The app, much like these old cameras, is a bit quirky. You can line something up and the image will come off as off-centered (note the mailboxes image). There are little things to learn as you go along with the app, which makes it even more fun.
The best, however, is that you can get instant satisfaction, unlike the day of the film. I won’t like — I used to love the rush of picking up a roll of film — but as things are in this day and age, this is just as much fun. And if you really want prints of these images, you can order them through the Hipstamatic website, or find a place where you can take the digital file and have it done somewhere else.
As I noted earlier in this post, there’s another Hipstamatic product that I have been really enjoying. In fact, it’s this product that made me get back into Hipstamatic.
The basis behind this app is a disposable camera. But, it gives you an even more realistic feel of a disposable camera — you can’t see the images until you finish the roll (24 exposures). Once you finish the roll, you will see them all.
What’s even better is that there’s many different types of cameras, too. You get three free when you get the app (which, for the record, is free). There are seven more you can purchase. Of those seven, four give you unlimited use of the camera for $.99. The other three have different price levels — 9 cameras (at 24 exposures each) for $.99, 36 cameras for $1.99 or 99 cameras for $3.99.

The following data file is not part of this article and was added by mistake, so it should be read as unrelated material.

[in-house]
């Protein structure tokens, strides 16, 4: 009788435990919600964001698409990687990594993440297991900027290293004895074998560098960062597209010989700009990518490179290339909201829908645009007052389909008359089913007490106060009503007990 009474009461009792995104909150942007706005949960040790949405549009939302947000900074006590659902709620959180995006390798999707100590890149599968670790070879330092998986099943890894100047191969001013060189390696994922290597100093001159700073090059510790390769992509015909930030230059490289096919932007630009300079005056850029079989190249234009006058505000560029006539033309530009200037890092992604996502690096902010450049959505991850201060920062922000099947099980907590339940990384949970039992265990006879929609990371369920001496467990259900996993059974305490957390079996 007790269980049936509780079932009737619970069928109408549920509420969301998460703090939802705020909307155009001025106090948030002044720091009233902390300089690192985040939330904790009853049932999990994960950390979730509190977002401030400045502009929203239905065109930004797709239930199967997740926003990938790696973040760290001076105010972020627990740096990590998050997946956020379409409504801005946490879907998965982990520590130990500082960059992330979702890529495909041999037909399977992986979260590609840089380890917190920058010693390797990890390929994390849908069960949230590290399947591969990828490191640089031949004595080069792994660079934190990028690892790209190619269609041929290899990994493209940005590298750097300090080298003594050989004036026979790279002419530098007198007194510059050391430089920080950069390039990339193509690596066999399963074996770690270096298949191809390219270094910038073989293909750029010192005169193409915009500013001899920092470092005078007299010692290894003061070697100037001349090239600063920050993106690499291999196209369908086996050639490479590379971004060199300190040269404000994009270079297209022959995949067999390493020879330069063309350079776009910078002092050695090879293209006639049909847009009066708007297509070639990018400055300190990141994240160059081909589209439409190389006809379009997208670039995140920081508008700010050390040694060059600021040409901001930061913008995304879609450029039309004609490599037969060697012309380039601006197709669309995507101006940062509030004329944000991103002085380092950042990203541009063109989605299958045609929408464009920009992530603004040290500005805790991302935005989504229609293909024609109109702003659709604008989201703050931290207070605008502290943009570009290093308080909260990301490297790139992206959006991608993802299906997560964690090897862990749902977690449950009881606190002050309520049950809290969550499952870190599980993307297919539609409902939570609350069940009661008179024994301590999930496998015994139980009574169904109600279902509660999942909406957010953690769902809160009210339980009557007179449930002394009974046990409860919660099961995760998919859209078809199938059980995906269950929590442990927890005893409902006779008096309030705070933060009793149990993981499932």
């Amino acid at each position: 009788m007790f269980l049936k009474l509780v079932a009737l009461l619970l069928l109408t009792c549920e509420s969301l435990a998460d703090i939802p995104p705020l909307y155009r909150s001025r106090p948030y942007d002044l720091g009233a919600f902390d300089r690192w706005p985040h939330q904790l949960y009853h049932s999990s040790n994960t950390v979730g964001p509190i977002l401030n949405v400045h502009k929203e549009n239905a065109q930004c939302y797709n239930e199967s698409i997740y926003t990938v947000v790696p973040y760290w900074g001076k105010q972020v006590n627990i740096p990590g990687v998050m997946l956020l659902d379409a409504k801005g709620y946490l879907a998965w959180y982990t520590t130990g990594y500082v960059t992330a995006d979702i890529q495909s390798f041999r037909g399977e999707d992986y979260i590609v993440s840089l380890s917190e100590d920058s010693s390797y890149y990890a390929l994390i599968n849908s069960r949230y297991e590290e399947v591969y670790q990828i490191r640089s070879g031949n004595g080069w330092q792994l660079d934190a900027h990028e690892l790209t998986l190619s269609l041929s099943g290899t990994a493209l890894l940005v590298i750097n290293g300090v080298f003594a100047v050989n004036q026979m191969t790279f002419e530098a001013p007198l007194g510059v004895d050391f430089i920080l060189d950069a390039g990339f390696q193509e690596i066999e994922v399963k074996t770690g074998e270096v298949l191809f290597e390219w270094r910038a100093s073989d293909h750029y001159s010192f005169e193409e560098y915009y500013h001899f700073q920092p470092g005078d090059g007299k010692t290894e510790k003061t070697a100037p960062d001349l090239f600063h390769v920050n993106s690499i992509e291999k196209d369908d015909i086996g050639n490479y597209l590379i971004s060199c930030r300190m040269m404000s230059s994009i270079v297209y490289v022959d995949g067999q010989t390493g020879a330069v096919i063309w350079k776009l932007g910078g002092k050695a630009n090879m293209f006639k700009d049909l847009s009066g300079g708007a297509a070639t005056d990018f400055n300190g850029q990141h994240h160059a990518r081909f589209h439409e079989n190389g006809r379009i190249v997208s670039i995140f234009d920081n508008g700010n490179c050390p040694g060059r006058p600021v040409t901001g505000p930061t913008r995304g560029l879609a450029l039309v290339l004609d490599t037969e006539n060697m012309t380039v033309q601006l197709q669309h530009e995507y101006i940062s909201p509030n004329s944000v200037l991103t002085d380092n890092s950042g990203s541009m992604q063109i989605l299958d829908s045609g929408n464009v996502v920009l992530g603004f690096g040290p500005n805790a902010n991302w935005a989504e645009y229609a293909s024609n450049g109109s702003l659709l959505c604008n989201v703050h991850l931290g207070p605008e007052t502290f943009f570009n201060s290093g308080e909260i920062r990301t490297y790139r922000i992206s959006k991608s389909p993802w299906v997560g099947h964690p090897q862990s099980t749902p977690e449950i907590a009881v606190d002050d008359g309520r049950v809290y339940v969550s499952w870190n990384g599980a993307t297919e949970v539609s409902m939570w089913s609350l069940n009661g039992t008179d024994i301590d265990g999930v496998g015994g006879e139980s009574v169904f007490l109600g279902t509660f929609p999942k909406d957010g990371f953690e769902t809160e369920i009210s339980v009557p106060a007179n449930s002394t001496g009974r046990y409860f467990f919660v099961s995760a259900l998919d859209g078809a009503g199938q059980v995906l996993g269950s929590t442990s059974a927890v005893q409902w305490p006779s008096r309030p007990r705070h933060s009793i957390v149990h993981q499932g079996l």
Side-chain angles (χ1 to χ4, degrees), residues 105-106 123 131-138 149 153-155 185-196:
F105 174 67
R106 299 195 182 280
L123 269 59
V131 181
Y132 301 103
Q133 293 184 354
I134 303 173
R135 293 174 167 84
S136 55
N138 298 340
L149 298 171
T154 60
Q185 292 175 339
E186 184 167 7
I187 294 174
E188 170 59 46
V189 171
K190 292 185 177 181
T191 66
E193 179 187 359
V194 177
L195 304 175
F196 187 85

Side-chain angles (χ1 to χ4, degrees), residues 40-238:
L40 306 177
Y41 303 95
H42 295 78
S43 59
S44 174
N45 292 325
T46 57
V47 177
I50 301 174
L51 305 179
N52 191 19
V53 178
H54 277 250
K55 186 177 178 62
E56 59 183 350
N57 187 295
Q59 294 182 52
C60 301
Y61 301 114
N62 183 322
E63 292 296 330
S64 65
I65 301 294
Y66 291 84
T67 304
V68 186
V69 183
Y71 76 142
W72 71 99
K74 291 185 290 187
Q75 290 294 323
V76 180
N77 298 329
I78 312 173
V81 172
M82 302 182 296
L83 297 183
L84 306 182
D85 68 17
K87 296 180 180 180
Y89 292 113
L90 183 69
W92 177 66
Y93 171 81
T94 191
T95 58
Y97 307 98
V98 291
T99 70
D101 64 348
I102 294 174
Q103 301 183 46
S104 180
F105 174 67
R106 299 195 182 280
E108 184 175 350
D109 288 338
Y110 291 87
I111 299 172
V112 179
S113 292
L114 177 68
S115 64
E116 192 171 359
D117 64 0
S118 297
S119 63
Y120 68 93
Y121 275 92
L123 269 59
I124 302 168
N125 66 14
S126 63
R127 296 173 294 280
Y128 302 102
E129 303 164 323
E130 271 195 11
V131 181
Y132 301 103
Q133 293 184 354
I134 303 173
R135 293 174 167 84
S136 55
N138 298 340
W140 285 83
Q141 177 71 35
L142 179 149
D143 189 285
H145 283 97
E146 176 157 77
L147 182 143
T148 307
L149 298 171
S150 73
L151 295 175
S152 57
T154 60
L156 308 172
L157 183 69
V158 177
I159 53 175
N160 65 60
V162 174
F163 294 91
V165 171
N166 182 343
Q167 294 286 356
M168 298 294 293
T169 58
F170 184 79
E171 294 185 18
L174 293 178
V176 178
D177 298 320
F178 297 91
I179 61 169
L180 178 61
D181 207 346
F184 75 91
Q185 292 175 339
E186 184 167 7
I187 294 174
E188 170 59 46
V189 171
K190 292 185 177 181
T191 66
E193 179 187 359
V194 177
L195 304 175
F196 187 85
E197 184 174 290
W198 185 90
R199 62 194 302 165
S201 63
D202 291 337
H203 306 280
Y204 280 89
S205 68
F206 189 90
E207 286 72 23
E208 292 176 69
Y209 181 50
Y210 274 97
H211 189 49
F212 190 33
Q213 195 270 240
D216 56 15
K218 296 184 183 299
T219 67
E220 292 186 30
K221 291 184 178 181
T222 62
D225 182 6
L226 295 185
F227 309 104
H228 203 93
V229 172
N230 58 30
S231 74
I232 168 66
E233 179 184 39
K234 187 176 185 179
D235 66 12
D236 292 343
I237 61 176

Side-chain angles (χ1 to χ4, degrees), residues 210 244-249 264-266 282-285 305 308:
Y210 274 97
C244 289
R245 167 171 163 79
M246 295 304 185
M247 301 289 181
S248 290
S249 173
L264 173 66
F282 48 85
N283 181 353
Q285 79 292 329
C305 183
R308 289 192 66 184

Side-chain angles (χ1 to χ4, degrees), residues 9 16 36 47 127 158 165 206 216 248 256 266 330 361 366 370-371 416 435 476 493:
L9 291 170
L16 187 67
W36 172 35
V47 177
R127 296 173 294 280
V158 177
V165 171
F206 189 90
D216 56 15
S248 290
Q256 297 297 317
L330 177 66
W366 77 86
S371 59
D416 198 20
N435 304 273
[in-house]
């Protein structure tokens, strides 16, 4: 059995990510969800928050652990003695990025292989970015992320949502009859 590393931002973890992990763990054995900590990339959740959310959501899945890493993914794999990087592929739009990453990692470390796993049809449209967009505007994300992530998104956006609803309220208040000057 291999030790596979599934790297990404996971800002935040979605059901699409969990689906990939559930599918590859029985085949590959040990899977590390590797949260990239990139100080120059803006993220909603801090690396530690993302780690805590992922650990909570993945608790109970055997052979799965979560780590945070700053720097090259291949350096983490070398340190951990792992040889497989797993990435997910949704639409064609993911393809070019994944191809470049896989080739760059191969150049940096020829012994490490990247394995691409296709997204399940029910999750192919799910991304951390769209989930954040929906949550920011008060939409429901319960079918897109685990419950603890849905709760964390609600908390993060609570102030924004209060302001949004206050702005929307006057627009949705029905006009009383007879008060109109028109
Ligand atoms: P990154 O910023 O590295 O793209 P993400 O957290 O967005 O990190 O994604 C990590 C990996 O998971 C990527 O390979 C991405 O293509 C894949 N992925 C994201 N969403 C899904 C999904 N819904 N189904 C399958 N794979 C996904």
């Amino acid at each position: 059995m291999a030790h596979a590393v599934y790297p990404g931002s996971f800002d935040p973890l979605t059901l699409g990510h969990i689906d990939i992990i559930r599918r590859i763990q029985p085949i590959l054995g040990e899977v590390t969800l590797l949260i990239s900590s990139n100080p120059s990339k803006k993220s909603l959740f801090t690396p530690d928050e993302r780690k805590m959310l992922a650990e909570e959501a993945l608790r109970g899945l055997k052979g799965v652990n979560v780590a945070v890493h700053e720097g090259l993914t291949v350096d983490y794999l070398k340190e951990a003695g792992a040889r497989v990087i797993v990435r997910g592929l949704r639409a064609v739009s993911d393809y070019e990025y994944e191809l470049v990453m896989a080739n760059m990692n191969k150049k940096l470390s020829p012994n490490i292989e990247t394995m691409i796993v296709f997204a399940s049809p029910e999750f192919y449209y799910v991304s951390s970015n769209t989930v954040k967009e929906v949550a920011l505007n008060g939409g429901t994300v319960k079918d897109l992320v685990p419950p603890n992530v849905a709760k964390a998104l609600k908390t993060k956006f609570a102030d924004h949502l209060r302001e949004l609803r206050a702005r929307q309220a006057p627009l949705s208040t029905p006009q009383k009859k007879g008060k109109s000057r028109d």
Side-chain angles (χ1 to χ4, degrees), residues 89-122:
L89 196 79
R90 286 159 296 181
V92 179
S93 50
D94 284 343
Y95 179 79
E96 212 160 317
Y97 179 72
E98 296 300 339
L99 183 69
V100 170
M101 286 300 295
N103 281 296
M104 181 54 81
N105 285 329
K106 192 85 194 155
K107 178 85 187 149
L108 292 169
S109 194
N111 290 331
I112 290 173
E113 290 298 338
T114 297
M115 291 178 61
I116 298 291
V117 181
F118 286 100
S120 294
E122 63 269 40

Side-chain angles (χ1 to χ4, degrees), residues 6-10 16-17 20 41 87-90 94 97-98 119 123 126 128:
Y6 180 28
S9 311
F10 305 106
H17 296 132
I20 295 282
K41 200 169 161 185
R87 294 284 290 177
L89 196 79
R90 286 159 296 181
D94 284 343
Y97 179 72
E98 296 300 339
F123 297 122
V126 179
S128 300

Each of the cameras do something different — and give you a different look. I have a few going right now. One of the cameras is a black-and-white camera, which is cool.
The best part of this camera?
You can share. That means you and others can all be using the camera at the same time. Once the camera is finished, you and all the others get access to the camera and get all the images. How cool is that? As of now, however, it’s based on your Facebook profile.
Someone posted to the Hipstamatic Disposable page on Facebook, however, and asked if there would be a time when others can be invited without using Facebook and someone from the company responded that they were working on that. That is excellent news because I keep my Facebook king of low-key and only really add people I know in real life. To know that I might be able to share photos with someone via Twitter or e-mail or something is excellent news. I hope it happens soon as this app is one I’m really liking a lot.
I have a few other cameras going at this time and hope to eventually have it all set up so I can share cameras with people throughout the US and world. I think it would be a lot of fun to see things through the eyes of other people and this app really is giving us a chance. Kudos to Hipstamatic on this app and I hope it continues to grow.
Some external links to check out (added after initial post):
- Hipstamatic: http://hipstamatic.com/
- Hipstamatics (a blog): http://www.hipstamatics.com/
- Hipstame (in the United Kingdom): http://www.hipstame.com/
- Hipstamatic Magazine: http://www.hipstamagazine.com/
Note: Foto Friday is a new feature I plan to do each week. It’s not going to be just a photo, it’s going to be one or more of my favorite photos of the week, with explanations or stories behind them. The images might come from my DSLR or my iPhone and some other app. With getting back into the 366 project this year, I’ll be taking photos more, so hopefully I’ll have more images to share. Foto Friday also might be something else to do with photography — a guest post, perhaps, or something like this post about a product or something else.
I used “Foto” as a throwback to the old Fotomat drive-thru developing booths. Hopefully, you’ll enjoy this new feature at A ‘lil HooHaa!